Miami Drug Possession Lawyer

Written by:Julian Stroleny PortraitJulian Stroleny

Stroleny Law, P.A. Protects the Rights of Individuals Accused of Drug Possession in Miami and the Surrounding Areas

There are many types of drug offenses, and many carry serious consequences that can last a lifetime. Drug trafficking offenses are subject to mandatory minimum sentencing guidelines under both state and federal law. With so much emphasis on lengthy sentences and trafficking offenses, it can be easy to overlook charges of “simple possession” (without the intent to sell or distribute) of drugs. It is, however, important to understand these charges if you or a loved one is being investigated for such a crime.

The experienced criminal defense attorney of Stroleny Law, P.A. has years of experience defending drug cases in the state and federal courts across southern Florida. He fights hard to prevent illegally obtained evidence from being used at trial, suppress illegal confessions, and even dismiss charges that are not supported by the evidence. He protects his clients’ constitutional rights at every step of a criminal investigation, charging and pretrial court matters, at trial, and – when necessary – on appeal. Call (305) 615-1285 to schedule your free phone consultation.

The Legal Definition of Drug Possession


Drug possession in Florida is governed by Section 893.13 of the Florida Statutes. Most possession offenses are felonies, which are classified by degree – firstsecond, or third – based upon the type and amount of the drug involved. Section 893.13(6)(b) makes an exception for the possession of twenty grams or less of cannabis, which is a first-degree misdemeanor. Misdemeanor charges are also available for specified small amounts of Schedule V controlled substances listed in Section 893.03(5). Examples include codeine, ethylmorphine, opium, and assorted stimulants.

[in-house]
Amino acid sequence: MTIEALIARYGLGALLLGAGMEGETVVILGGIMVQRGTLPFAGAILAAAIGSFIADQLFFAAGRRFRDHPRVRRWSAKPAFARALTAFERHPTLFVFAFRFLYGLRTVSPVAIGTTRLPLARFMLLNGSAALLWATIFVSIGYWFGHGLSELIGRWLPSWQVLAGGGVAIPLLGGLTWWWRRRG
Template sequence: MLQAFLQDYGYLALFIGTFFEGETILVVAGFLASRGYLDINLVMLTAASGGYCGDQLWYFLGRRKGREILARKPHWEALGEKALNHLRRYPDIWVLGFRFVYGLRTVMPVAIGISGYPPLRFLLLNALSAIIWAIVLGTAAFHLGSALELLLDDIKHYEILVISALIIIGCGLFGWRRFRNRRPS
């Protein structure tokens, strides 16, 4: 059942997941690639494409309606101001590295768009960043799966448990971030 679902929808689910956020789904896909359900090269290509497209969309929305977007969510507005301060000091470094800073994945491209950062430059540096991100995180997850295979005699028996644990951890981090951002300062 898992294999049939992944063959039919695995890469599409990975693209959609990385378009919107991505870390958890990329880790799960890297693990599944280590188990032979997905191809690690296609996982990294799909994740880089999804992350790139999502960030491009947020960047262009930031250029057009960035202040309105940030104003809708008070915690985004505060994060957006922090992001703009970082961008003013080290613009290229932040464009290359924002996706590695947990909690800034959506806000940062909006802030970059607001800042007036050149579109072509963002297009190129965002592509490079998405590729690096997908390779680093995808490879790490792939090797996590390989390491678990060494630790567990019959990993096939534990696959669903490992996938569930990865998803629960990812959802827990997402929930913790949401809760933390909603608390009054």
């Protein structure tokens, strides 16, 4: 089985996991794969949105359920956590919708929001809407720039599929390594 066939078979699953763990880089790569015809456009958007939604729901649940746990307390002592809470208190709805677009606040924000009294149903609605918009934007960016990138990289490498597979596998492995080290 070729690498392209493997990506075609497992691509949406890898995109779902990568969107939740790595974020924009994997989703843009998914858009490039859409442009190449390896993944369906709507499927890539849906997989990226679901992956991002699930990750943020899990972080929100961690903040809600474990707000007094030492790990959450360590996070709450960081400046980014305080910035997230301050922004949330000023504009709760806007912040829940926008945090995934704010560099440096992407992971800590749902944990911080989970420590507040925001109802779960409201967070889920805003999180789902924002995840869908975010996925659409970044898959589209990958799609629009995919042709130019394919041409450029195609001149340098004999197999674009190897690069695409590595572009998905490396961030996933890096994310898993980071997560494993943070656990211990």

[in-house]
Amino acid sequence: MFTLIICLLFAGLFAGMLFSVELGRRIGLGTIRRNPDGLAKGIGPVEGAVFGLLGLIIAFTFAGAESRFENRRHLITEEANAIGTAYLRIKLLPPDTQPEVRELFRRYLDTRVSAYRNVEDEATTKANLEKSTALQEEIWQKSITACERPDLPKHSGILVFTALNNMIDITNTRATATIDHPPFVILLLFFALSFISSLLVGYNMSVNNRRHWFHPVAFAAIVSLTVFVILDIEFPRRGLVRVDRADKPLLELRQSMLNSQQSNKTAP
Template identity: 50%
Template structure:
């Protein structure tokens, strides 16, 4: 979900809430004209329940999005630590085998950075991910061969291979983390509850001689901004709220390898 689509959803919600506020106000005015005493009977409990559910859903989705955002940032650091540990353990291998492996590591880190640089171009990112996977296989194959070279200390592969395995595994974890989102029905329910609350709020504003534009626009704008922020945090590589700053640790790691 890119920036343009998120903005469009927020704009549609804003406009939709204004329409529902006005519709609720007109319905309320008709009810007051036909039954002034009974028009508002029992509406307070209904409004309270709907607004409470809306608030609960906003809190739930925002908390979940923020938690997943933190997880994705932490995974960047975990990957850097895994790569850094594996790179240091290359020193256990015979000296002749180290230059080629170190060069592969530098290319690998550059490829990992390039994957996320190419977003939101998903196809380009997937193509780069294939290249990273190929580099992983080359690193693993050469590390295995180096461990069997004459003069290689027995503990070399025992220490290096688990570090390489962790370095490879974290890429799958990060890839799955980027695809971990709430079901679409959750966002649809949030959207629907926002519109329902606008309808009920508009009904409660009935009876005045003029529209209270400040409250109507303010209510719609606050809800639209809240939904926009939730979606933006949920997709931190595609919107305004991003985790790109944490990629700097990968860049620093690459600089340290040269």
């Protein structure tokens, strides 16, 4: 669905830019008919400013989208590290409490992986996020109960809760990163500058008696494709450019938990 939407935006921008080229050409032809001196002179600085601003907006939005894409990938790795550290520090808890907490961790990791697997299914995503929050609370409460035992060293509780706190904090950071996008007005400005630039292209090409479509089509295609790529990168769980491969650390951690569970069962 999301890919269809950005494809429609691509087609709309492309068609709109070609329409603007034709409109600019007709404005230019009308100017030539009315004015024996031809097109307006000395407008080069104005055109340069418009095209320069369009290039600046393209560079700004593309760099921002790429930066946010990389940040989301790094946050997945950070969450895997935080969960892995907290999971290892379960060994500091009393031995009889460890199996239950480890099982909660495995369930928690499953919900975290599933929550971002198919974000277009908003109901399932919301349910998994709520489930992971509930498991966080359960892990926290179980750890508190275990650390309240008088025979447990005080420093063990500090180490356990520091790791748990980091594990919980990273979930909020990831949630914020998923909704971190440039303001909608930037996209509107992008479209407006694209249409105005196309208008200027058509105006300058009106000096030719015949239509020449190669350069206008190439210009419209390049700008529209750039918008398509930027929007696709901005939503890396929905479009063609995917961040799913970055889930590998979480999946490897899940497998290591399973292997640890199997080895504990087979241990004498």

Section 893.13 has other important provisions related to the possession of controlled substances. For example, Section 893.13(6)(a) specifies that a person may not be in possession of a controlled substance unless it was lawfully obtained from a practitioner or pursuant to a valid prescription or order of a practitioner while acting in the course of his or her professional practice. This provides an exception for controlled substances that are lawfully obtained with a valid prescription. Medications such as codeine, oxycodone, morphine, fentanyl, Percocet, and other pain relievers fit this exception so long as the patient holds a valid prescription for the full amount of medication in his or her possession.

It is also important to understand the difference between actual and constructive possession. Actual possession occurs when the drug is found on the suspect’s person. Constructive possession occurs when the defendant exercised care, custody, control or management of the drug. Our criminal defense lawyer in Miami raises important legal issues when drugs are found in a vehicle or home. Did anyone else have access to that area? What evidence is there that the defendant, and not someone else, was in fact in charge of the drugs? If someone testifies against the defendant, do they have a motive to lie? Could they be testifying to the defendant’s possession in order to prevent charges from being filed against themselves? In many cases, these become important questions for the jury to decide. In any event, the prosecution must ultimately prove that it was the defendant – and not someone else – who had constructive possession of the drugs.